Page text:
My name is Susanne Moser. I’m a social science
research fellow at Stanford University’s Woods Institute for the Environment and I am the
director of my own research and consulting company in Santa Cruz, California. The records
of climate change, global change, are just accumulating whether it’s the amount of sea
ice that’s being lost in the Arctic, the hottest year ever, the number of species that are
being lost, the magnitude of this storm or that storm. We have so many lines of evidence
already. We’re actually now in a place of having unequivocal evidence that climate change
is happening and we are extremely certain that we’re the major cause behind it. These
systems are global in scope. They have very large driving forces changing them. Think
of it like the Titanic, you know, you don’t turn that big tanker in a very quick moment.
You have to actually think long before you hit the iceberg. We have no more time to lose.
In fact, we probably will at least scrape the iceberg in a really bad way. There’s something
called a California King Tides Initiative. During the particular high tides, you can
go out now and see streets being underwater. You have a see wall that’s this high, the
water laps up to, you know, just like right under the edge of the sea wall. In Florida,
there are backyards once a day underwater. What happens to coastal areas will happen
to everyone. If we, you know, destroy through a hurricane or whatever, the oil refining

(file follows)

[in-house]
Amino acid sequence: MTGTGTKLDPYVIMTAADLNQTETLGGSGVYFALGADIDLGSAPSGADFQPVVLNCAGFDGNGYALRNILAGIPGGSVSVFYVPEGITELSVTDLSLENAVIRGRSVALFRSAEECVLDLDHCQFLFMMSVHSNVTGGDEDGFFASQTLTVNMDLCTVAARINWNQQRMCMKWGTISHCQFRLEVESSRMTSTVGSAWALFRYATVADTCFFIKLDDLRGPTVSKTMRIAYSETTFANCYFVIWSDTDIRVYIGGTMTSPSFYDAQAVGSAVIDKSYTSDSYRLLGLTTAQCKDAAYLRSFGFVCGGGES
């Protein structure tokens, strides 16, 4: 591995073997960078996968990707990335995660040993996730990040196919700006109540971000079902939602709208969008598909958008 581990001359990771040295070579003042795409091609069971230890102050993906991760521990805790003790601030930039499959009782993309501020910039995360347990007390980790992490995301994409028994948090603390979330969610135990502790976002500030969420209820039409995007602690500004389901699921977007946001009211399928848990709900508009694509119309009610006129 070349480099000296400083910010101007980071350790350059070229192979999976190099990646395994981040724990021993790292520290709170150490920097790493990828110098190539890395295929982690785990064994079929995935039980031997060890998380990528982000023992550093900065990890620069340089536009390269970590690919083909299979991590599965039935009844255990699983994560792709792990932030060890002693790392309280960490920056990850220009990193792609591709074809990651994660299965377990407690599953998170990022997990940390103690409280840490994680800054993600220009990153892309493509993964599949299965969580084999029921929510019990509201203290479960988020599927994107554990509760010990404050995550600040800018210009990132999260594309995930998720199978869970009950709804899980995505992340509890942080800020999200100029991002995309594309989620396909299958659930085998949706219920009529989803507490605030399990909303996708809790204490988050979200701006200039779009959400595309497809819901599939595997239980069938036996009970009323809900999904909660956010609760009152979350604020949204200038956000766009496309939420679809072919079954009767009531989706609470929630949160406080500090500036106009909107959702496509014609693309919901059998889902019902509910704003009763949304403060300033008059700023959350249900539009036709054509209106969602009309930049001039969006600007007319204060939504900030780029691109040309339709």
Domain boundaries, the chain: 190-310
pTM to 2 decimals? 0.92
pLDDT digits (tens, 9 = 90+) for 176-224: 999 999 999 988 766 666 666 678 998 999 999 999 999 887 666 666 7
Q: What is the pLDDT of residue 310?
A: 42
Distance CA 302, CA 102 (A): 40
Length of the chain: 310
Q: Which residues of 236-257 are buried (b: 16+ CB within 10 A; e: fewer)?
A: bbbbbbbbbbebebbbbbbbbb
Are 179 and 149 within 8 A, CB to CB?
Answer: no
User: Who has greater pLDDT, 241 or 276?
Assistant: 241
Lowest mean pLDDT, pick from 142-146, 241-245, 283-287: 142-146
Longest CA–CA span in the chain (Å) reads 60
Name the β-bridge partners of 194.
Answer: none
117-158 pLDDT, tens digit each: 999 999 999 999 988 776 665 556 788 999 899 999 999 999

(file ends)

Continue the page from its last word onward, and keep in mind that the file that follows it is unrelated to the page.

capacity of the United States, well everyone in this country feels it and the prices go
up. Business had a real wakeup call last year when there was enormous flooding in Thailand
and it affected a lot of the chip producers. So people in San Francisco and in Silicon
Valley all of a sudden didn’t have the supplies of chips that they were relying on. Then there’s
the question, okay and where does your food come from and where does your water come from?
A lot of cities, like say Phoenix or San Francisco, don’t get their water necessarily all from
the local area. They get it from the mountains far away. There has been an enormous rise
of interest at the local level in doing something about climate change. California is very often
the policy leader in this country. It has never, ever, started in Congress. Sometimes
it literally comes down to one leader saying, I want this done in my community. Climate
change is a real threat, and a growing threat, and a rapidly growing threat, but we have
no choice but to deal with it.